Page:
Creepy, but at least it didn’t smell like human hospitals, with the overpowering odor of disinfectant layered on top of the more subtle, but much more disturbing, stench of disease and death. Just thinking of the smell made her shudder, brought back gut-wrenching memories of her mother, attached to machines as she lay dying. Of her father in the same hospital, years later.
“So, uh … how long have you been a paramedic?” she asked, partly to get her mind off the reasons she hated hospitals, and partly because she was genuinely curious.
“A little over forty years. I go through human paramedic programs every ten years or so to catch up on the latest technology and techniques.”
“That’s dedication.” She scooted behind him to let a monstrous, two-headed thing pass by. “So why did you become a paramedic?”
He sighed, letting her know he was humoring her. “My breed’s gifts are meant to aid in seduction and reproduction, but they can also be used for healing. When my brothers and I started the hospital, I decided I’d rather not spend a ton of time in school to become a doctor.” He shrugged. “Besides, paramedicine allows me to pick up patients and drop them off. I don’t have to hang around and get involved with them like E does.”
“You don’t have to get attached.”
“That’s one way to look at it.”
She figured that with Shade, that was the only way to look at it.
They turned a corner, and she nearly ran into an iron cage containing some sort of winged demon. Its cruel, sharp beak and wicked black talons told her more than she wanted to know about its diet. It hissed and flapped one of its wings—the other had been immobilized in a cast.
“What the heck is that thing?” she asked as she carefully skirted the cage.
“It’s sort of the demon equivalent of a vulture.”
“Shouldn’t it be at a demon veterinarian’s or something?”
She watched in awe as he stopped next to the cage and stuck one hand inside to pet its spiky feathers. The thing made a high-pitched chirping sound.
“Yes, but as you can probably guess, demon vets are rare, and most work topside, in human veterinary clinics. Someone brought this creature in, and E won’t turn down anything for care other than a few select species. He even treated a dog Skulk brought in.”
A sad smiled tugged at his mouth. She reached for him, taking his hand in hers. She hoped to comfort him, but he tensed, and with a sigh, she pulled away. “So,” she said, mainly to change the subject, “are most paramedics like you?”
He made some clicking noises at the winged thing, and it rubbed its scaly head on his hand. “What? Antisocial?”
“Yeah. I mean, I did notice that Luc is also a paramedic, and he didn’t strike me as Mr. Party Animal.”
Fury blasted from him, a heat wave that hit her at the same time as his curse. “I want to gut him for hurting you.”
“So that’s a yes?”
“No.” He took off down the hall again, and she had to jog to catch up. “A lot of EMTs and paramedics choose the work because they get off on the adrenaline rush. You never know what you’re getting into when you go on a call. Could be walking into a raging battle. Skulk liked—” He broke off, his fists clenched.
“I wish I could have met her,” she said softly.
He came to a halt and swung around to her. “Why?” There was no malice in his question. Just curiosity.
“Because you loved her, and from what I can tell, that’s not something you do often.”
His mouth tightened even as his eyes softened. Slowly, tentatively, he pushed her hair back from her face, his touch gentle, barely a whisper on her skin. Still, his touch made her nerve endings spark.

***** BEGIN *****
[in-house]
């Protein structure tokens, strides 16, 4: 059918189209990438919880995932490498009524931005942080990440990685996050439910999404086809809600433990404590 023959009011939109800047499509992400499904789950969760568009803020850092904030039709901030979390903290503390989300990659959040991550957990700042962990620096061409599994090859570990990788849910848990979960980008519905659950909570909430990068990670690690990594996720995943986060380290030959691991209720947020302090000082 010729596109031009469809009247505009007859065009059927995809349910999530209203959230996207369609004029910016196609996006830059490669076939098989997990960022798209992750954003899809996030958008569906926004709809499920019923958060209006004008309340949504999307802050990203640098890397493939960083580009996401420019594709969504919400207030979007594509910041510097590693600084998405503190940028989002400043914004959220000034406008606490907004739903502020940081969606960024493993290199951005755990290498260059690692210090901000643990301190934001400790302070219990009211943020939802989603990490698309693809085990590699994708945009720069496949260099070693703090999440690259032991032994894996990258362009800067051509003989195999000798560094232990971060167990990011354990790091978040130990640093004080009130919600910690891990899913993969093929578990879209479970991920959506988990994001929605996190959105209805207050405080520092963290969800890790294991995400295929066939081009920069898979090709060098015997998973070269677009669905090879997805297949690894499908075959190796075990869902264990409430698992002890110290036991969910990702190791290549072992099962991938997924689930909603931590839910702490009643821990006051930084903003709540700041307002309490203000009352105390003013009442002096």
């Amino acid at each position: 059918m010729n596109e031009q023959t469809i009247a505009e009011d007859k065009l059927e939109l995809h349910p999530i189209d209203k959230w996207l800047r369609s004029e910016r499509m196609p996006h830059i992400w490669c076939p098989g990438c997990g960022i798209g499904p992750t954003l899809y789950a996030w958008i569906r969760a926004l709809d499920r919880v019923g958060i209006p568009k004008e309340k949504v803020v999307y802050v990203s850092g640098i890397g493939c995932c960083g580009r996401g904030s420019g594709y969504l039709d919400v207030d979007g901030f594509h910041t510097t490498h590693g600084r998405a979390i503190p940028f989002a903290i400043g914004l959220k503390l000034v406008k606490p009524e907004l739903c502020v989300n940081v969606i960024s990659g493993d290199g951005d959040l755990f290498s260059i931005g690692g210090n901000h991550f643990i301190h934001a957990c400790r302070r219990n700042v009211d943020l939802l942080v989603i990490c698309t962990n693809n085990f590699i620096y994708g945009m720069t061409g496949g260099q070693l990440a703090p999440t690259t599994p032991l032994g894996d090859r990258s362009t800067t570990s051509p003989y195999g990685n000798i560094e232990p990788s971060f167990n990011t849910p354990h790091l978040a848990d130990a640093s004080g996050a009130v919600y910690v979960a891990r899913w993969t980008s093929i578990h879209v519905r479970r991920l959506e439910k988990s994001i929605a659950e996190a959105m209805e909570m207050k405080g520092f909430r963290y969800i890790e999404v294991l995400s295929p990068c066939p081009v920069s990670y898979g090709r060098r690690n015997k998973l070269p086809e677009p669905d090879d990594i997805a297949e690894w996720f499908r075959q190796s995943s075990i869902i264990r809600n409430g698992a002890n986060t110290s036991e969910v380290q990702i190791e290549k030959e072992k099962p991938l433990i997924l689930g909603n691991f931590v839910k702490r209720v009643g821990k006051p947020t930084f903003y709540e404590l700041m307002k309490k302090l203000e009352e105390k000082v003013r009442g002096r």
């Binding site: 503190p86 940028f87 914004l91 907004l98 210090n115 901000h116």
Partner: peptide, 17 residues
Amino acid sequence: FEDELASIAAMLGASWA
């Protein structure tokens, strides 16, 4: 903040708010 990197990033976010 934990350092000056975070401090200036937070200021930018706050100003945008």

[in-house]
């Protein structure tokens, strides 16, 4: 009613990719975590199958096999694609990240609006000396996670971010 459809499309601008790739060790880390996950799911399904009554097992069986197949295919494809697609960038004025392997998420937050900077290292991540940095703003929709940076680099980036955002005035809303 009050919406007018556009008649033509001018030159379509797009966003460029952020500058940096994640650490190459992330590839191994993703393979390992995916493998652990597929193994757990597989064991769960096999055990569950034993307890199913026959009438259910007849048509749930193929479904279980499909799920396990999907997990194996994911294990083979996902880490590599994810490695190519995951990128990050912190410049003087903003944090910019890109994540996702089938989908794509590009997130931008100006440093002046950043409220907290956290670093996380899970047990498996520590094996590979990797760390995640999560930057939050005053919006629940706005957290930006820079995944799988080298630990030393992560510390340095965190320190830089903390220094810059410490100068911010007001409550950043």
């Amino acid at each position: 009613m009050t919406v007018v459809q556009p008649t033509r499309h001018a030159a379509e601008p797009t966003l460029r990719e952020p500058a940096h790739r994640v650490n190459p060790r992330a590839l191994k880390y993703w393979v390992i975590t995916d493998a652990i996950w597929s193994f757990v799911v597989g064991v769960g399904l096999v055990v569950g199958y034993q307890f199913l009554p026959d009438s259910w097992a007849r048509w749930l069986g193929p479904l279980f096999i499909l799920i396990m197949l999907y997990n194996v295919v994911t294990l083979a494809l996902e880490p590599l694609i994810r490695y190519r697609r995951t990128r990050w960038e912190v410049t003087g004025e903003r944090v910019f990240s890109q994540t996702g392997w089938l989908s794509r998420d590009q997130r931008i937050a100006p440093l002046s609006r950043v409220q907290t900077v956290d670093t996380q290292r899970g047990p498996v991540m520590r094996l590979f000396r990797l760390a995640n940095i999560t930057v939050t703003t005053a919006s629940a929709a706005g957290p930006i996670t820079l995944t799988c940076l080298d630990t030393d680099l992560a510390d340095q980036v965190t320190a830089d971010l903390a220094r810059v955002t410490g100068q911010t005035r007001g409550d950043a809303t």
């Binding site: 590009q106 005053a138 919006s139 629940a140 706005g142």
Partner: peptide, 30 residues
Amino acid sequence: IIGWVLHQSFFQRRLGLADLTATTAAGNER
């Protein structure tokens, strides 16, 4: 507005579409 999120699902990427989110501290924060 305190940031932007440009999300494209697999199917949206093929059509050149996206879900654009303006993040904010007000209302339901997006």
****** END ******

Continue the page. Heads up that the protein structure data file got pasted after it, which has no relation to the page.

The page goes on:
“Hell’s gates,” he murmured. “I wish …”
“What, Shade?” She leaned into his hand, nuzzling the warm skin. Playfully, she nipped the heel of his palm and watched as his eyes grew darker, his lids coming down to watch her with sensual intent. “What do you wish?”
Abruptly, he dropped his hand and spun away to continue down the hall, his gait faster and heavier than before. “Nothing.”
Impossible man. She knew enough about him by now to know to choose her battles, and this was not the time to fire a first shot, so she didn’t push it. Instead, she followed him to an area that opened into office spaces.
As they walked past office doors, she realized that the only windows were between the hall and the offices—the offices had no outside views. Come to think of it, neither did the hospital.
“We’re underground, aren’t we?” she asked, suddenly feeling stupid for not realizing that earlier.
“Technically, we’re in New York City, beneath an abandoned parking garage.”
She looked around in awe. “Your demon contractors are really something else.”
He grunted in agreement, and then grunted again when Kynan exited an office and bumped into Shade.
“Kynan,” Shade growled. “We need to talk.”
“Your brothers already dressed down my ass, so let’s forgo the fun, ’kay?”
“Kynan?” Runa eased around Shade to speak to the man she’d been sent to find, the reason she was in this crazy mess in the first place.
Kynan frowned. “So you’re Arik’s sister.”
She nodded, a bit awestruck at coming face to face with the man who had survived a battle his own team and enemy forces hadn’t survived, and had single-handedly brought down a Fangorg demon. But was he also a traitor to the human race?
“Does the Army know where I am and what I’ve been doing?”
“Yes.” Thanks to me.
She gave him credit for his poker face. If he was worried, it didn’t show. He merely nodded and looked pointedly at Shade. “I hope you know I wouldn’t do anything to compromise this hospital.” He turned back to Runa. “Good to meet you.”
He took off, and she waited until he’d disappeared to ask Shade, “Do you believe him?”
“Yeah,” he said. “The guy is like a human version of Eidolon. He’s got this pesky, annoying sense of honor.”
She gasped in mock horror. “How horrible. You should probably kill him. Immediately.”
His eyes locked onto hers, and for a moment she thought she’d irritated him. Again. But slowly, one corner of his mouth came up.
“Your inner wolf suits you.” Color flooded his face and he stalked away as though just realizing he’d proved her right when she called him a liar for saying he didn’t care.
Now she just had to get him to admit it.